good luck with that
OPEC agrees to cut 1.2 million barrels a day, pleasing U.S. oil companies.
For the first time in eight years, OPEC — you know, that cartel of 14 oil-rich countries like Saudi Arabia, Iran, and Venezuela — made a deal to curb production starting in January.
It’s partially a response to the worldwide glut of oil that has battered crude prices over recent years. OPEC’s profits from oil exports have plunged from a record $920 billion in 2012 to $341 billion this year. This puts countries that depend on oil exports (looking at you, Venezuela) between a shale rock and a hard place.
To push prices back up, OPEC members agreed to slash production, leading to an 8 percent spike in crude prices on Wednesday. Investors raced to buy shares of U.S. shale oil companies. Continental Resources — founded by Harold Hamm, Trump’s energy advisor — jumped 25 percent after the announcement. Whiting Petroleum soared 32 percent, its biggest one-day jump in 13 years.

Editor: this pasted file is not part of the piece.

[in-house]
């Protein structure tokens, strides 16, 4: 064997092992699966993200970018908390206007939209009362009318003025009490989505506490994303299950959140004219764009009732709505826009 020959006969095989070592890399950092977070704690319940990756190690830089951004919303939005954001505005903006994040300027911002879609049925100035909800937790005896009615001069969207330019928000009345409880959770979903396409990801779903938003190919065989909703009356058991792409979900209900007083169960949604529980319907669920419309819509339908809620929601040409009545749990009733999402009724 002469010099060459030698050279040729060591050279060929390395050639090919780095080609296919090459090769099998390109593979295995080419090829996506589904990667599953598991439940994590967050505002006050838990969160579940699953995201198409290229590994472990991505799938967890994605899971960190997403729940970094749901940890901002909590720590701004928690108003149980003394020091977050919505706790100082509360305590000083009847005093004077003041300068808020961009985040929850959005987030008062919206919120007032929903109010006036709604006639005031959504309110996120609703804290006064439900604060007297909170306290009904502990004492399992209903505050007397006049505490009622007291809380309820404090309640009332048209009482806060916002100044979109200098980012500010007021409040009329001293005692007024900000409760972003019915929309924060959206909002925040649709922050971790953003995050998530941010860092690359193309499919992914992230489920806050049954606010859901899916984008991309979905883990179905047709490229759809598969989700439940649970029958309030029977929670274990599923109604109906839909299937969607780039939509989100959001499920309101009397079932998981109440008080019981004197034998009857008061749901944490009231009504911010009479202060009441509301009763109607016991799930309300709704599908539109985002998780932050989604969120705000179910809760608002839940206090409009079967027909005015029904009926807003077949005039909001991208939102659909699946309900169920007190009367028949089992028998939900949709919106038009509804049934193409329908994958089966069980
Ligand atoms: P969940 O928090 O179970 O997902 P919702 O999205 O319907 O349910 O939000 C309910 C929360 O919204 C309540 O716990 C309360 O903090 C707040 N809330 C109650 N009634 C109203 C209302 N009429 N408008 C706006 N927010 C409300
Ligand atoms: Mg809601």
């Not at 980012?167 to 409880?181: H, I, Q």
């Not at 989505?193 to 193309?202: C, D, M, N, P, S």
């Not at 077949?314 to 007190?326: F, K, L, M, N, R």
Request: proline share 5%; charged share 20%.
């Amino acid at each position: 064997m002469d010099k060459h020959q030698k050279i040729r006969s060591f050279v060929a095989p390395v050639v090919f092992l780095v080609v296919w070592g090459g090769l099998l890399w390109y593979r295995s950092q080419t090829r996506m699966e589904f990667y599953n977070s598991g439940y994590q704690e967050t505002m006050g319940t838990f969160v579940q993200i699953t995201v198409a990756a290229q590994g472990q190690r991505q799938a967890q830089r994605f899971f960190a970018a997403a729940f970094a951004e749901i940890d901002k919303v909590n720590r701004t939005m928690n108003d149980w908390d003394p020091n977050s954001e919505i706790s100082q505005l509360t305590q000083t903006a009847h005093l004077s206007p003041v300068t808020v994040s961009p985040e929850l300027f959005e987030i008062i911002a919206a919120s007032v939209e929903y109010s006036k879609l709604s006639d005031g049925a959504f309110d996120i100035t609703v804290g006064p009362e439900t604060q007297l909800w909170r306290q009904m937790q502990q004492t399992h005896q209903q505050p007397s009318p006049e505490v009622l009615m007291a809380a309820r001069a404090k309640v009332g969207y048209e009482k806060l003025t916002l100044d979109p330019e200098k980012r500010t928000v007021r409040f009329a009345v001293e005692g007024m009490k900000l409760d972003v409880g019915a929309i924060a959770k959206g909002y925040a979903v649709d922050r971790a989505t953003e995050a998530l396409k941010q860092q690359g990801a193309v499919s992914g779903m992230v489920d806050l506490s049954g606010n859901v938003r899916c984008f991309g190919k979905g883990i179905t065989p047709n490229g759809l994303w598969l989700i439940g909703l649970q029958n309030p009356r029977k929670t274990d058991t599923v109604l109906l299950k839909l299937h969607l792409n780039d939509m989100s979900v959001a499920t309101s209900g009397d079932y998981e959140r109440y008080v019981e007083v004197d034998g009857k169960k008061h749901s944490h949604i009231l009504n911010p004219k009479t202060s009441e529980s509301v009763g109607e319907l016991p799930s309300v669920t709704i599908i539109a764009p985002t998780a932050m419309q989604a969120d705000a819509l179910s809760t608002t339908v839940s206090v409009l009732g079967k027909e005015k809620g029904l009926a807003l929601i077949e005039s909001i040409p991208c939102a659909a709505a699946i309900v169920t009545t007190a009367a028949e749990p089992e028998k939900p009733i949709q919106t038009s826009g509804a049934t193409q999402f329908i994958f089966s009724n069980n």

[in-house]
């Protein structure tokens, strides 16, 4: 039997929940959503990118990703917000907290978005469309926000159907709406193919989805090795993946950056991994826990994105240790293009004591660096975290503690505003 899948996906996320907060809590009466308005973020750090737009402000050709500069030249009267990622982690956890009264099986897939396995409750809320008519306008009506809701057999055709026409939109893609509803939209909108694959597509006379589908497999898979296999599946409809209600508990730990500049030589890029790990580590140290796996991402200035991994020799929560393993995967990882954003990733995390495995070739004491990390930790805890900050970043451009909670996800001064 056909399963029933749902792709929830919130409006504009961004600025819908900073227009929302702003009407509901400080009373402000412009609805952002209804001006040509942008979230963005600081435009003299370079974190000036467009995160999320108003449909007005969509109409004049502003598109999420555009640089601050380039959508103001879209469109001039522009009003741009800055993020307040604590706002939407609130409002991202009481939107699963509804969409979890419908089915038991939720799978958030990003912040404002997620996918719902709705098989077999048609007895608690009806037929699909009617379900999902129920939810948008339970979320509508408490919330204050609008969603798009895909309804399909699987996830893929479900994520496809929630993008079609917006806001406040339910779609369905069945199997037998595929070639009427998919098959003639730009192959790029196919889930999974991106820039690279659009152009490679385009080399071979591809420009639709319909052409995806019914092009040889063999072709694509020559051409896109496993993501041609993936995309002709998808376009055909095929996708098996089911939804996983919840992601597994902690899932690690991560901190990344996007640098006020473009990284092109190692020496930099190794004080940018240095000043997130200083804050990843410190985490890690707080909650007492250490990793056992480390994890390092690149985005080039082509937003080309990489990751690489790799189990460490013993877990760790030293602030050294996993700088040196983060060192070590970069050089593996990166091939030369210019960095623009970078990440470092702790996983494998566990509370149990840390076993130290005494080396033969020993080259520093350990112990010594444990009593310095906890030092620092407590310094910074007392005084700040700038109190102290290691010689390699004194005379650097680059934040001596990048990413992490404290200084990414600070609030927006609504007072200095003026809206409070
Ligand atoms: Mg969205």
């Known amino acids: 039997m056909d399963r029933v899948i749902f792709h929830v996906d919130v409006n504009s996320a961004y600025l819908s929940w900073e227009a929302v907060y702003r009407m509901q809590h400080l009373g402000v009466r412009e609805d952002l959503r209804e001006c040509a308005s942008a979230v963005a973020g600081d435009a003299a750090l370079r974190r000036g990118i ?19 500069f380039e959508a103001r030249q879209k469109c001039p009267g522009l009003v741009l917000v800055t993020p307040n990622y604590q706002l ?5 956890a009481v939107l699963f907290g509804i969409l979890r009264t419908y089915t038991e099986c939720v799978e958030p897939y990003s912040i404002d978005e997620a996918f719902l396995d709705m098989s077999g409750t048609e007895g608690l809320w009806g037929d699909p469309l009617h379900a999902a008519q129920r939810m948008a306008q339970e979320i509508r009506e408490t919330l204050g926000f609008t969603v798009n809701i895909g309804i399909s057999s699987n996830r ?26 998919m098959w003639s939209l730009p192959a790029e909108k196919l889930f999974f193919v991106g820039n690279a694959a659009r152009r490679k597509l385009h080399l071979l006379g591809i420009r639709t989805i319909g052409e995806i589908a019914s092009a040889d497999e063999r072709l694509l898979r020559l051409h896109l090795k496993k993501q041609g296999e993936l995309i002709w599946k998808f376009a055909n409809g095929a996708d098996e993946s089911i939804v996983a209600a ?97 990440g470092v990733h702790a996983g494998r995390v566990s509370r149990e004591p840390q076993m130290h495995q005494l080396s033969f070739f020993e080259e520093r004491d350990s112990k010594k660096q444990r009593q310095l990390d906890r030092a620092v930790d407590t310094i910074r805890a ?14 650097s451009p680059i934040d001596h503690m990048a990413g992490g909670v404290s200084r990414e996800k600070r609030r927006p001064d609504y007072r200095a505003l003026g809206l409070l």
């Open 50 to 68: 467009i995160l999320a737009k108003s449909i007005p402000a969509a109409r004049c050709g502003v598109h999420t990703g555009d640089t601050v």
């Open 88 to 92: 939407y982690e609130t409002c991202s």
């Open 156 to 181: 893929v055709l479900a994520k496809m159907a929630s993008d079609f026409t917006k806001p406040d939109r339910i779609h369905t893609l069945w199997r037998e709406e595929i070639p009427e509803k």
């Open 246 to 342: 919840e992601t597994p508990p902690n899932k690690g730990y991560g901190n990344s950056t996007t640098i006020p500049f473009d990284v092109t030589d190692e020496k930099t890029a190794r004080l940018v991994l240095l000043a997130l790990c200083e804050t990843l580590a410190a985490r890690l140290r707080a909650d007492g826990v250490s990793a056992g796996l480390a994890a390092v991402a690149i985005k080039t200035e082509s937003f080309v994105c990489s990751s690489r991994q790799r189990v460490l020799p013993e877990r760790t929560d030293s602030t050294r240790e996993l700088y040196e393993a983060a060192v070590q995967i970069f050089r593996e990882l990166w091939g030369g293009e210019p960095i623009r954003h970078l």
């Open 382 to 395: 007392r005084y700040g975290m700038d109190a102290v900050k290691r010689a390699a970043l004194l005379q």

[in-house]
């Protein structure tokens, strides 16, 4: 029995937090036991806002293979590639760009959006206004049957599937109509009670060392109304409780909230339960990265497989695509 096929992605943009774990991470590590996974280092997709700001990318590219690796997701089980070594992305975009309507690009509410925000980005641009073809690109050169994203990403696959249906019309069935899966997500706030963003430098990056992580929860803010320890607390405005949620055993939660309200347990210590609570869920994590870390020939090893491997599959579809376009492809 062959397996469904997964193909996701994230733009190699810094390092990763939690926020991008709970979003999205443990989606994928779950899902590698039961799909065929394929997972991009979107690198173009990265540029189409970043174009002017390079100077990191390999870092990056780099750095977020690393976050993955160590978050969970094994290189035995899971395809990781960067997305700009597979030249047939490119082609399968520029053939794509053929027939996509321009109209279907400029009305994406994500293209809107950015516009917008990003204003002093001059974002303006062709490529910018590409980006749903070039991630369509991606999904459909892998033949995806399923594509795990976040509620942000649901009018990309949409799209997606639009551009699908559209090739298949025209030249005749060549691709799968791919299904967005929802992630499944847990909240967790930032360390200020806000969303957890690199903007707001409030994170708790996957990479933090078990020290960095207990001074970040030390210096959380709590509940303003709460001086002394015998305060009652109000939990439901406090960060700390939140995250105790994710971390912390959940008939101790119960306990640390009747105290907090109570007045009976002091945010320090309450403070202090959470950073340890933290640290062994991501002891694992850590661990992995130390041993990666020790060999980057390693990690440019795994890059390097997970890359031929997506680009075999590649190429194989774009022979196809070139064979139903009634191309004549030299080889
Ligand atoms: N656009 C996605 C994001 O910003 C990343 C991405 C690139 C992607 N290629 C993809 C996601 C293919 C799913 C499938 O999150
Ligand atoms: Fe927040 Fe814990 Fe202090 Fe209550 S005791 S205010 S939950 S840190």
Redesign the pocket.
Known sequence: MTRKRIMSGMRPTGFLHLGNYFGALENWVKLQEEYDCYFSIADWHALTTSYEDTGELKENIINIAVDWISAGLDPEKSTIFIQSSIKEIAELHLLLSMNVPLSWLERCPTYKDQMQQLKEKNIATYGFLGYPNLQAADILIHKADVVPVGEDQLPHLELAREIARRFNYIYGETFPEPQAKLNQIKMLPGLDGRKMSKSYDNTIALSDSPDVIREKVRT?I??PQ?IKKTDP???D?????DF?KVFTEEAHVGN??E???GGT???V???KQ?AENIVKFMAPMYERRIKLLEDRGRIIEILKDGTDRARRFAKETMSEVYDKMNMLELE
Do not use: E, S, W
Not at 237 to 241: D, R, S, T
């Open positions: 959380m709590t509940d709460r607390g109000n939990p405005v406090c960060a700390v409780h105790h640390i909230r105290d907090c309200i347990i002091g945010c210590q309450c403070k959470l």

This celebration is sure to lead to a hangover. For one, OPEC countries have a hard time sticking to their agreements. And experts predict a long century of decline for oil as demand peaks in the next decade. Of course, those estimates assume countries will keep their pledges to combat climate change.